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International brief ~ Kenyan high court throws out case against constitutional referendum

[JURIST] Leading Tuesday's international brief, three judges from the Kenyan Constitutional Court ruled that a legal challenge to the legitimacy of the upcoming Kenyan national referendum on the proposed draft constitution [JURIST report] was invalid and that neither the legislative nor judicial branches of government could stop the referendum. Activists from the Kenyan Yellow Movement [advocacy website] had challenged the referendum process as unconstitutional, claiming that it stemmed from a flawed process that had ignored the principles of democracy and the sovereignty of the people. The three high court judges ruled that the referendum was an "exercise of the people's constituent power" and was beyond the power of the High Court and Parliament. Debate over the proposed draft Constitution [PDF text] has sparked violence [JURIST report] among the population as protestors tried to derail the vote scheduled for Monday, November 21. JURIST's Paper Chase has continuing coverage of Kenya [JURIST news archive]. Kenya's Daily Nation has local coverage (registration required).

In other international legal news ...

  • Zimbabwean police in the capital city of Harare reportedly forced over 250 homeless people to move Monday from the temporary 'tent city' they had set up in the poverty-stricken suburb of Mbare. The forced relocation of citizens already made homeless by Operation Murambatsvina [Wikipedia backgrounder], authorized by Zimbabwean President Robert Mugabe [BBC profile], violates an October Zimbabwean Provisional High Court ruling that ordered Harare police not to remove people from the 'tent city'. The removal of homeless citizens comes just two weeks ahead of a scheduled visit by UN relief co-ordinator Jan Egeland to re-examine the situation of the over 700,000 homeless people identified by UN Special Envoy Anna Tibaijuka's report [PDF text]. JURIST's Paper Chase has continuing coverage of Zimbabwe [JURIST news archive]. ZimOnline has local coverage.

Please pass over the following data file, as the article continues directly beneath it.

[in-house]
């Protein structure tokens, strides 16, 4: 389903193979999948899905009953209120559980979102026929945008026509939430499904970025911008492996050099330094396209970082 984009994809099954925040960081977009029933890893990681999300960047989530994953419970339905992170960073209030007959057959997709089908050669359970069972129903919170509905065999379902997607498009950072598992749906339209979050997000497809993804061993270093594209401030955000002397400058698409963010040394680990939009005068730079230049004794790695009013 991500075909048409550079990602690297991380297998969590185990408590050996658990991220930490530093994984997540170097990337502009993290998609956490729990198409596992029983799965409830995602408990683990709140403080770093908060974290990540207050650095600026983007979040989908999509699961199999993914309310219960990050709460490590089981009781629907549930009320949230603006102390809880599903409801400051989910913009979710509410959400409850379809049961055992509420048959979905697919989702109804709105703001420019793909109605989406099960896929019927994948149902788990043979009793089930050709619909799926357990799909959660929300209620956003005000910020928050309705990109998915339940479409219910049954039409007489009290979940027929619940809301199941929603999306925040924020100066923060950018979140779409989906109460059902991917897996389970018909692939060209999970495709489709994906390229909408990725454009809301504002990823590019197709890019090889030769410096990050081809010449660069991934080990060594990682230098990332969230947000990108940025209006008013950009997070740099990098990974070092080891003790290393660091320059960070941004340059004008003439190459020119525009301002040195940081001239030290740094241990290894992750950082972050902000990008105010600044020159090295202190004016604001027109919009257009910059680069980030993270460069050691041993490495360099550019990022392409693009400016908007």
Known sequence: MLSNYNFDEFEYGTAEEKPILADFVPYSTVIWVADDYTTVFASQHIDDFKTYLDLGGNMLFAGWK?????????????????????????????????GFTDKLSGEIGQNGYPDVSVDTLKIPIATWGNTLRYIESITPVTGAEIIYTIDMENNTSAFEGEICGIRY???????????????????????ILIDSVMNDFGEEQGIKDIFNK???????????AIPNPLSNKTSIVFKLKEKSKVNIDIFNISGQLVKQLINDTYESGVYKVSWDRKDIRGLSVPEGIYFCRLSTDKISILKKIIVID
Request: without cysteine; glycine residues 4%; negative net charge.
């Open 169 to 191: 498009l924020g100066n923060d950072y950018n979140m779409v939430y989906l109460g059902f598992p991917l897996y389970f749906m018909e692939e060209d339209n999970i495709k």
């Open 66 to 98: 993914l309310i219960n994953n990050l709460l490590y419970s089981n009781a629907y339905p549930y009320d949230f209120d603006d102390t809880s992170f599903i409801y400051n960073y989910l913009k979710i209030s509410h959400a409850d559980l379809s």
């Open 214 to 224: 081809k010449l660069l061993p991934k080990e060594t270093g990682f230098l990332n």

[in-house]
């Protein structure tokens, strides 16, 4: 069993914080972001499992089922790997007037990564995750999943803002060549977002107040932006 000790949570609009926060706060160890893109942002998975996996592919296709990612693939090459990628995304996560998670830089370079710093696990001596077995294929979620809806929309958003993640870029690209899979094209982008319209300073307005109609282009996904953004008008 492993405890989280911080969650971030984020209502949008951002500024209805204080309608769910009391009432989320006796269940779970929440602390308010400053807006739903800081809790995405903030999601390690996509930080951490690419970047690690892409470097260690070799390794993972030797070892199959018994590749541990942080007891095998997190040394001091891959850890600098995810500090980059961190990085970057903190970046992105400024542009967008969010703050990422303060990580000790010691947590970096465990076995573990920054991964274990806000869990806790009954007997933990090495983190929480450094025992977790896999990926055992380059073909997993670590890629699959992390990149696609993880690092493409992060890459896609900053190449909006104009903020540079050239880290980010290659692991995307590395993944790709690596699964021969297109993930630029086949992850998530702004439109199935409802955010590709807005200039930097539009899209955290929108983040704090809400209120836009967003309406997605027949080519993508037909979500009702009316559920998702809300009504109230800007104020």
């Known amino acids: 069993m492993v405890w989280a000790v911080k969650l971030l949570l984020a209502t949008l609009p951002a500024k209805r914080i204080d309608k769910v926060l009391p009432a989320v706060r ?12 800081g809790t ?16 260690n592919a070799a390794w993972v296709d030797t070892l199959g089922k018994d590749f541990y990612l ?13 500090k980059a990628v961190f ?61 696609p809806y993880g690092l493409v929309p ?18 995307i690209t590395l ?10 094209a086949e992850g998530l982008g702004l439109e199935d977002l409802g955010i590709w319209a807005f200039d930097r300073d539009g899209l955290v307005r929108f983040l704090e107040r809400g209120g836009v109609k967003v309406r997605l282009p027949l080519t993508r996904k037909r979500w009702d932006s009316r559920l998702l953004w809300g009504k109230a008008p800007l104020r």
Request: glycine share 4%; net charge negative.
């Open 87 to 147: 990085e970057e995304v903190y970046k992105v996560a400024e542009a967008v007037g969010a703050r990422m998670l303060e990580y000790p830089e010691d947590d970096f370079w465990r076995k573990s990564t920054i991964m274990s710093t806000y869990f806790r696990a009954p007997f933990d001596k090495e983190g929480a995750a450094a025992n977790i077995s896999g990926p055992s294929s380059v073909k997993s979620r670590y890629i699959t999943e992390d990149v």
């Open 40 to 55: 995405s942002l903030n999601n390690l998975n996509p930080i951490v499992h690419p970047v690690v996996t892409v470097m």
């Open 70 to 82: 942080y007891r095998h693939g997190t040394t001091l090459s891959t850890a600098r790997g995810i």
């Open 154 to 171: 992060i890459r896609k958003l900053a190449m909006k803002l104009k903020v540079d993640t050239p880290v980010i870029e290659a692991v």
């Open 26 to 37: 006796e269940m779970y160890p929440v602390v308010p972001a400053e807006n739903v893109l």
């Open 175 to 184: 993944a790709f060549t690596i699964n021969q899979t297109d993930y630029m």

• South Korean officials announced Tuesday that they will once again abstain from voting on a United Nations General Assembly [official website] resolution scheduled for November 18 that proposes to condemn North Korea for its abysmal human rights record. South Korea [government website] has traditionally refrained from taking official steps of expressing its disapproval in the United Nations of the current situation in North Korea and North Korea has repeatedly warned that South Korean sanctions would be met with force. The EU-sponsored resolution calls for North Korea to end public executions, torture and the incarceration of political dissidents. JURIST's Paper Chase has continuing coverage of South Korea [JURIST news archive]. South Korea's Chosun Ilbo has local coverage.

  • Human Rights Watch [advocacy website] released a statement [official text] Monday terming the Nepalese government's implementation of the "Code of Conduct" for national and international NGOs in Nepal a "legal veneer for repressing civil society". The Code of Conduct, adopted into law in Nepal [government website] last Thursday, limits the ability of "social organizations" to meet and protest government policy and creates legally vague terms that may be used to prosecute opposition leaders and activists. JURIST's Paper Chase has continuing coverage of Nepal [JURIST news archive]. Kantipur Online has local coverage.

About Paper Chase

Paper Chase is JURIST's real-time legal news service, powered by a team of 30 law student reporters and editors led by law professor Bernard Hibbitts at the University of Pittsburgh School of Law. As an educational service, Paper Chase is dedicated to presenting important legal news and materials rapidly, objectively and intelligibly in an accessible format.

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